When the evening finally came to an end, Coby Brown and his band left to a roar of applause, ample evidence of a show well done. There’s a soothing sensation that hits you when they first start playing and a satisfaction when they end, and the time between those moments is filled with a sense of trying to make sense of all the loss and heartbreak in life. And for an evening, while we still may not be able to make sense of the pain, it’s comforting to know that things will be alright somehow.

Come On, It's Time to Go
Living Proof
2 Way Street
Without You
Call and Answer
21st Century
Lived To Tell the Story

CONCERT REVIEW: YARN @ NYC's American Beauty

Written by Eric Ruth

Yarn photo by Eric Ruth

Yarn photo by Eric Ruth

My friend Sandi and I made it to the American Beauty after catching a train and trekking through the rain. Side note: The venue's name is taken from the Grateful Dead's first album, American Beauty.

Upon arrival members of the band came over to say hello to me. They all gave me a big hug and asked me how I was doing. Yarn's acoustic guitar player and harmony man Trevor asked me what concerts I've been to lately. We talked about bumping into each other at a Ryan Adams concert. I can't think of any other band, small or famous, who is that nice and down to earth. They genuinely care about you and make you feel welcomed.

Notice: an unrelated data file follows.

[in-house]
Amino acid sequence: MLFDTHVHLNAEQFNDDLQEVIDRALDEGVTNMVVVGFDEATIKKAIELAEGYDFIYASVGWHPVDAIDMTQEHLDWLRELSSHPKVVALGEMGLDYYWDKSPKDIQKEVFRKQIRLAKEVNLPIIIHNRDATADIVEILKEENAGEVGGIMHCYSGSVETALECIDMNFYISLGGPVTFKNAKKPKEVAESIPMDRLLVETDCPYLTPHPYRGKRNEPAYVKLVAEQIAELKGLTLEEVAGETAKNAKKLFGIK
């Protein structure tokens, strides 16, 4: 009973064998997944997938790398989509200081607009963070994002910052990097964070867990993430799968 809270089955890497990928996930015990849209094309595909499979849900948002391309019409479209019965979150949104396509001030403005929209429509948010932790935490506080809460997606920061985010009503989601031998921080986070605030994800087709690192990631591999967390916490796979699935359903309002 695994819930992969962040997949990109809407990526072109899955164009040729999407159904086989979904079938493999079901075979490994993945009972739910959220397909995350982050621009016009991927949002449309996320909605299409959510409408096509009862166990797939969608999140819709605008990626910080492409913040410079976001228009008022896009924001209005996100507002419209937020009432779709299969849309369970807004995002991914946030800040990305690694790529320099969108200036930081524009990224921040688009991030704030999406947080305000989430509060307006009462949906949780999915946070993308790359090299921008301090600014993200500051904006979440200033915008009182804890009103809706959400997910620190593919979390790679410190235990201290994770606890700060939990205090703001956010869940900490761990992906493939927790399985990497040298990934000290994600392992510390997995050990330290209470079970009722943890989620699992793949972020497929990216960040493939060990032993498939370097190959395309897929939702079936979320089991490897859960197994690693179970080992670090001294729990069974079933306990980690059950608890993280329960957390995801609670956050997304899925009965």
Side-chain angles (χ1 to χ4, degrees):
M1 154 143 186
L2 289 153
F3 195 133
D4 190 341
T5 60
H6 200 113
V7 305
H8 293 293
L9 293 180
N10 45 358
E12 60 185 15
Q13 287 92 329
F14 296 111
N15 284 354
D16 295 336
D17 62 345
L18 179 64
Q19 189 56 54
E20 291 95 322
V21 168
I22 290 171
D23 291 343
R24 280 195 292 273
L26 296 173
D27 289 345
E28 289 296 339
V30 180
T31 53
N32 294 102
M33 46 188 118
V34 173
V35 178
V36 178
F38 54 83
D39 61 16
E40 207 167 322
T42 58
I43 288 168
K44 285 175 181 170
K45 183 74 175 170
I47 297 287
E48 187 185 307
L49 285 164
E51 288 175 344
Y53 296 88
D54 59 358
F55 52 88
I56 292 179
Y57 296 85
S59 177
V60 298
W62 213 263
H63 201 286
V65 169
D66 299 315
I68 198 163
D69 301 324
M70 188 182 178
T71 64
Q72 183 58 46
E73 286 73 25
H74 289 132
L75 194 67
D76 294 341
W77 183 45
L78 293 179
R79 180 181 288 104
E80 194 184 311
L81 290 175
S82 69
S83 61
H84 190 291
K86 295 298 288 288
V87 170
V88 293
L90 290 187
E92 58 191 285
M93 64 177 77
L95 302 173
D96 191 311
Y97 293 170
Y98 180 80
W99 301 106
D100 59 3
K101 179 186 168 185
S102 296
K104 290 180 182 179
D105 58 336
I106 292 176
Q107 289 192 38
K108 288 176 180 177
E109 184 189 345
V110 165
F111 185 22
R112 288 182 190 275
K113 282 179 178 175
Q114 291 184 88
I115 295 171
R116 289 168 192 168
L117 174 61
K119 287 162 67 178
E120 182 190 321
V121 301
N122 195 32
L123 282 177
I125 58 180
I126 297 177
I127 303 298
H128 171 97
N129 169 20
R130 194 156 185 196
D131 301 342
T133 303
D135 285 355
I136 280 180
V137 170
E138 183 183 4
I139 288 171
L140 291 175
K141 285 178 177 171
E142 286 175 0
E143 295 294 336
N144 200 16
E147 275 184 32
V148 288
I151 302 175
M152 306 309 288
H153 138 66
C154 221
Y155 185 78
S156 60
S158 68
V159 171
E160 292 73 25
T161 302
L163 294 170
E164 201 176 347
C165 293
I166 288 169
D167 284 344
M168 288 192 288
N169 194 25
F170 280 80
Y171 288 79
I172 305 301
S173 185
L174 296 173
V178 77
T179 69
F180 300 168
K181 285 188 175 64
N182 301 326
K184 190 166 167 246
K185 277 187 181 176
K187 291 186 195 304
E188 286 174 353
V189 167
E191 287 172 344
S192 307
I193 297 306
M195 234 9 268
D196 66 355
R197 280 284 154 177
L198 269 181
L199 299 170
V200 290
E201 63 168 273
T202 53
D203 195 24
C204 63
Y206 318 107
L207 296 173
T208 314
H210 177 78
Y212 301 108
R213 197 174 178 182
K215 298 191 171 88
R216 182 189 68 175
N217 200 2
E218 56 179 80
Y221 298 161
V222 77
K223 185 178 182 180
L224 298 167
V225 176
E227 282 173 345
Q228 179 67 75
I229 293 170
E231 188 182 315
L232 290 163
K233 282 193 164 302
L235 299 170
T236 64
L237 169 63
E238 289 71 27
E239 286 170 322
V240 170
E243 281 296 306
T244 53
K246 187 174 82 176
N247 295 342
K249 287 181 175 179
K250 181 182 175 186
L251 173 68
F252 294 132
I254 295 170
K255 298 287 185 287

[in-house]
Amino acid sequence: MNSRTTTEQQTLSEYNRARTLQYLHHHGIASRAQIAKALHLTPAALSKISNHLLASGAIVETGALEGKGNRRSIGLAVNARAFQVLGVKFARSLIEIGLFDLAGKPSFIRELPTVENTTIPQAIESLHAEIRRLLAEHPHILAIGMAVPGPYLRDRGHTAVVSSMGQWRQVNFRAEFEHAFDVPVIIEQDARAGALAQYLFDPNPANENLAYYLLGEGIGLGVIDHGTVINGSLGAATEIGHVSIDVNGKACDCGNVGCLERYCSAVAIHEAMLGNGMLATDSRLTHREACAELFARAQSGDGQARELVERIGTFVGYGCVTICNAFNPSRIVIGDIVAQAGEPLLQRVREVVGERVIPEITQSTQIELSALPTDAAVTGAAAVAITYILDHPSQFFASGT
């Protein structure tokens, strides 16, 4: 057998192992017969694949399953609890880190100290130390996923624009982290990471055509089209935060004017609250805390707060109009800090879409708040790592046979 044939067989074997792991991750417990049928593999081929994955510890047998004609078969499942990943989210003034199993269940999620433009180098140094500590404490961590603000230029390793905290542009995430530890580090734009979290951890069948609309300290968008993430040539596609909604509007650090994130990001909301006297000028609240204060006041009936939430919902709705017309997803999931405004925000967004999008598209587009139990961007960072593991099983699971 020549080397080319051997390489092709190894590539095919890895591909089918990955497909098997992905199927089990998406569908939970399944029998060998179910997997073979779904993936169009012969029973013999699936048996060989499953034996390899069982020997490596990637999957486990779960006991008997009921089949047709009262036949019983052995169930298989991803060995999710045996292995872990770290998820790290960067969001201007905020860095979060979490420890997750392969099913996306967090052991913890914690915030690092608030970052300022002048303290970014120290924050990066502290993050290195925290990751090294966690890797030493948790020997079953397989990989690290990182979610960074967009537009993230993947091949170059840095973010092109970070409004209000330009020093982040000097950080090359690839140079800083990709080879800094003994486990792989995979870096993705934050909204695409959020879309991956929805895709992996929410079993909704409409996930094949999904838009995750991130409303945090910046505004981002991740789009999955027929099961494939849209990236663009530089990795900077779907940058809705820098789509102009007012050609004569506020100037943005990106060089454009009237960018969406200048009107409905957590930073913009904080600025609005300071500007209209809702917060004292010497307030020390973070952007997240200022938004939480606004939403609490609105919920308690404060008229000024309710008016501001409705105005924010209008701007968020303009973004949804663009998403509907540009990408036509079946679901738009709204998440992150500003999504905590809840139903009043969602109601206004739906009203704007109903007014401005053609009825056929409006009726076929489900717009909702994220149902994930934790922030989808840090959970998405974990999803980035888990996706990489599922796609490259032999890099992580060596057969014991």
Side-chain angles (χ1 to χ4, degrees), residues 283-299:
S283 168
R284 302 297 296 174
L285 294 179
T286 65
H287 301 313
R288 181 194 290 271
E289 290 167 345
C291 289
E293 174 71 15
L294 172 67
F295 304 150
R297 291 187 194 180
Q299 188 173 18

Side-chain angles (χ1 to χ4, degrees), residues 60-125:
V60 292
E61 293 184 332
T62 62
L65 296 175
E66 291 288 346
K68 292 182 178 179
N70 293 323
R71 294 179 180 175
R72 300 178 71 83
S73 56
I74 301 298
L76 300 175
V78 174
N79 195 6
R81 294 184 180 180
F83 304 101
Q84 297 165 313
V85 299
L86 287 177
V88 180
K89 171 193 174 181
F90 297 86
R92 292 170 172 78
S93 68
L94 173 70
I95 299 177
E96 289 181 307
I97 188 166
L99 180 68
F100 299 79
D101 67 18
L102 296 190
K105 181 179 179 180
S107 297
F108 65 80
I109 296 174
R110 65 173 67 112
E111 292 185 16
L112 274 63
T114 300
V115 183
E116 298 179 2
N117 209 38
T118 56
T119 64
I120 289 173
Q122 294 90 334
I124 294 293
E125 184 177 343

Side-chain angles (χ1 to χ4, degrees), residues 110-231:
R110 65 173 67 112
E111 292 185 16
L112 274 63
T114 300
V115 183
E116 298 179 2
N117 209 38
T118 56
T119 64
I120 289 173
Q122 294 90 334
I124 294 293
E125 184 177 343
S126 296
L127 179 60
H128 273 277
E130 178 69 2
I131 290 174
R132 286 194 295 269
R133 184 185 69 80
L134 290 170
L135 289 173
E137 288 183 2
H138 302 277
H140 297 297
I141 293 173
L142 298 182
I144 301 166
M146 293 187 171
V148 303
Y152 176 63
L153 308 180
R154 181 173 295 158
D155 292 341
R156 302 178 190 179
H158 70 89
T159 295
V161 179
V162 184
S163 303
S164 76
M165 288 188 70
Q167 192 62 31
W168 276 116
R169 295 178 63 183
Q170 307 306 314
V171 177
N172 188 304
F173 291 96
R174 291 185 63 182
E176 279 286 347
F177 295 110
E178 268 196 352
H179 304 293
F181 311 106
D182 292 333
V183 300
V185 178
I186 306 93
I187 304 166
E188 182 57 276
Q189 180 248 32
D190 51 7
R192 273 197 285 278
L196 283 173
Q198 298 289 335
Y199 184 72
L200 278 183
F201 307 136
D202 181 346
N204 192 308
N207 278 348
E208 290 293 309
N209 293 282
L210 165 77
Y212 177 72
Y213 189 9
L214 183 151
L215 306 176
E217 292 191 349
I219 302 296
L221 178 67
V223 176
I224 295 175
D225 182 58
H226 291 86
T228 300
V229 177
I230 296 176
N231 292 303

After I talked to the band I set up shop. I placed my book bag down on one of the couches which is off to the side of the venue and then wondered around. I got to watch a few innings of the Yankee game on the TVs' in the front bar. The venue is broken into two sections. When you first walk in you have a bar, some tables, and stairs which leads to the free pizza. Every drink comes with a ticket for free pizza. Beyond the bar is a set of doors which leads you to another room with a stage, couches, dancing cages, and another bar. It's a small cozy room with a great sound.

At about a little after nine the lights went down and the house music came to a stop. The opening band Kevin Harrison & True North took the stage. I'll be honest and say I knew very little about them. I sampled one song before the show. They sounded like a cross between The Black Crowes and Rob Thomas. I know that's a weird combo. The guitars were a little Southern Fried Rock mixed with some Rob Thomas vocals.

I only heard Rob on some songs but it was enough of a sample size to take notice. The band had a generic set up with two guitars players, bass, and drums. Nothing special or earth shattering. I perked up when they played a cover of "Midnight Rider" and some song about NYC. Before you know their set was over and the lights came on and the house music began to play.